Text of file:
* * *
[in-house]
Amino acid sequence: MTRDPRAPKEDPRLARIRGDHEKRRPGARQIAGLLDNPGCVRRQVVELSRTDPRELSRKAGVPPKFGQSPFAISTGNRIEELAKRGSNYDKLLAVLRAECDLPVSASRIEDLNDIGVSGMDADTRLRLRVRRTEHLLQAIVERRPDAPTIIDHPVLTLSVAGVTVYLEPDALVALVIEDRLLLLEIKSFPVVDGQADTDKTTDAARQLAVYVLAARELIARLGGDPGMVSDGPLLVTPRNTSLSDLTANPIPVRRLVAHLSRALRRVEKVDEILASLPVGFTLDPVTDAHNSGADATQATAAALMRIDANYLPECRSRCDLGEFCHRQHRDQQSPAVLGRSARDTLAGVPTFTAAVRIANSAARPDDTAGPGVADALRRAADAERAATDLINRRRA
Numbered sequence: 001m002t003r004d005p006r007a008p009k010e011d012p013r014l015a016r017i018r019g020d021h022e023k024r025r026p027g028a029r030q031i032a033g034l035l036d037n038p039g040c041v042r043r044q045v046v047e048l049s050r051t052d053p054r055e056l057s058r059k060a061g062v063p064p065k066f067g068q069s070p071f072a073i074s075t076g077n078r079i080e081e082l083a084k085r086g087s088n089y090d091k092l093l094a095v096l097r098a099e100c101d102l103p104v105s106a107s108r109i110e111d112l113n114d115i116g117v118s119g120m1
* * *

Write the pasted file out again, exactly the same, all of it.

[in-house]
Amino acid sequence: MTRDPRAPKEDPRLARIRGDHEKRRPGARQIAGLLDNPGCVRRQVVELSRTDPRELSRKAGVPPKFGQSPFAISTGNRIEELAKRGSNYDKLLAVLRAECDLPVSASRIEDLNDIGVSGMDADTRLRLRVRRTEHLLQAIVERRPDAPTIIDHPVLTLSVAGVTVYLEPDALVALVIEDRLLLLEIKSFPVVDGQADTDKTTDAARQLAVYVLAARELIARLGGDPGMVSDGPLLVTPRNTSLSDLTANPIPVRRLVAHLSRALRRVEKVDEILASLPVGFTLDPVTDAHNSGADATQATAAALMRIDANYLPECRSRCDLGEFCHRQHRDQQSPAVLGRSARDTLAGVPTFTAAVRIANSAARPDDTAGPGVADALRRAADAERAATDLINRRRA
Numbered sequence: 001m002t003r004d005p006r007a008p009k010e011d012p013r014l015a016r017i018r019g020d021h022e023k024r025r026p027g028a029r030q031i032a033g034l035l036d037n038p039g040c041v042r043r044q045v046v047e048l049s050r051t052d053p054r055e056l057s058r059k060a061g062v063p064p065k066f067g068q069s070p071f072a073i074s075t076g077n078r079i080e081e082l083a084k085r086g087s088n089y090d091k092l093l094a095v096l097r098a099e100c101d102l103p104v105s106a107s108r109i110e111d112l113n114d115i116g117v118s119g120m1